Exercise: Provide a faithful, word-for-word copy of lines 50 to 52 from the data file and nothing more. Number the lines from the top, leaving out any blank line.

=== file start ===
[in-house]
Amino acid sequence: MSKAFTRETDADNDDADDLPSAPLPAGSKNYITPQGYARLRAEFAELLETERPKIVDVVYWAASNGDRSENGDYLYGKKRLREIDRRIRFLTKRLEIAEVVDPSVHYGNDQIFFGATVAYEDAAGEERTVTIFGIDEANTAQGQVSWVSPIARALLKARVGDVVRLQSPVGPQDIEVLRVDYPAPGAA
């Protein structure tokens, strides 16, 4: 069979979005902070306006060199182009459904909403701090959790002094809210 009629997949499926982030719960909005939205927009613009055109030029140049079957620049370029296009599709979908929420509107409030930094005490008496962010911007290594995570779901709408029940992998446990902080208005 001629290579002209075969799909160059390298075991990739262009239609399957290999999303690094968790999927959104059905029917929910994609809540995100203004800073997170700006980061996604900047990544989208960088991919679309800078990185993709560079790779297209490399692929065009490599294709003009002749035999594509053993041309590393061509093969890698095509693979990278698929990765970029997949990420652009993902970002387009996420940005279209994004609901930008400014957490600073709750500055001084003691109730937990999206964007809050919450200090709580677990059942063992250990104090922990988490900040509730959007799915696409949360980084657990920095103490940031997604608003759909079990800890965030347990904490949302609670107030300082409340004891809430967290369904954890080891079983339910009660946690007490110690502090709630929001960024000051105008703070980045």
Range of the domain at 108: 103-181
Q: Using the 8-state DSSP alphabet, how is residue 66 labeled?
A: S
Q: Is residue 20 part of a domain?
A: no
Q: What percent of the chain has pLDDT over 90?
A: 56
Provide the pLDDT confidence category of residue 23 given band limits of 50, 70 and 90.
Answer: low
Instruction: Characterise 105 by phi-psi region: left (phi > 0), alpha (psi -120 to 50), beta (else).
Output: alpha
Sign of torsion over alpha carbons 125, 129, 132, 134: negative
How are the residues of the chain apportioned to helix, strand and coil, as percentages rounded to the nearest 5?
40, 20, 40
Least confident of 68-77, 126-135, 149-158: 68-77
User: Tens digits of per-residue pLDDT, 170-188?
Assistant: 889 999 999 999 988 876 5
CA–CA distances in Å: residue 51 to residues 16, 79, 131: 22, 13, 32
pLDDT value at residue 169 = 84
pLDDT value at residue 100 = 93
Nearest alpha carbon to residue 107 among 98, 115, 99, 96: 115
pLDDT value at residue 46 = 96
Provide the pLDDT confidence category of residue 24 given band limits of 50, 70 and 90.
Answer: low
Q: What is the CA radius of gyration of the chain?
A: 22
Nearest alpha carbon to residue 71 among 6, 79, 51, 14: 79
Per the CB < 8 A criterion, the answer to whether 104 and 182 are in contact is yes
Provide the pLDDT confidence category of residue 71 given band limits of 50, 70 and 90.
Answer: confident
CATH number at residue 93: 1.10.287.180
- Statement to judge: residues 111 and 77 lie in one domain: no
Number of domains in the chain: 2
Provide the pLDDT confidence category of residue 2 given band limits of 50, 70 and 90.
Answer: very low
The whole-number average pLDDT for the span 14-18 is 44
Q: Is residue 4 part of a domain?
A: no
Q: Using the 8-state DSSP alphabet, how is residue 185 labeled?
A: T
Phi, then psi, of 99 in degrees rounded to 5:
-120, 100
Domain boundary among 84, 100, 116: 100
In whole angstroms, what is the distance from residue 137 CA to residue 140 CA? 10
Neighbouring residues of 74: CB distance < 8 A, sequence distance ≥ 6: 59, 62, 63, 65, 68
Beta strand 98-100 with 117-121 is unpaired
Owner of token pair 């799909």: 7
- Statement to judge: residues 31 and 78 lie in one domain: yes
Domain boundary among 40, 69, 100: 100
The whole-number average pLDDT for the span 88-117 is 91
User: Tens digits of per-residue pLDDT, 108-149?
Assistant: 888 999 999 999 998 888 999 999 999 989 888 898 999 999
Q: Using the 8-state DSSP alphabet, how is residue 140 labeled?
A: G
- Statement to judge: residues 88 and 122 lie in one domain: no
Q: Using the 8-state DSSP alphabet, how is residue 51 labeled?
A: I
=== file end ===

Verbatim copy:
Owner of token pair 């799909």: 7
- Statement to judge: residues 31 and 78 lie in one domain: yes
Domain boundary among 40, 69, 100: 100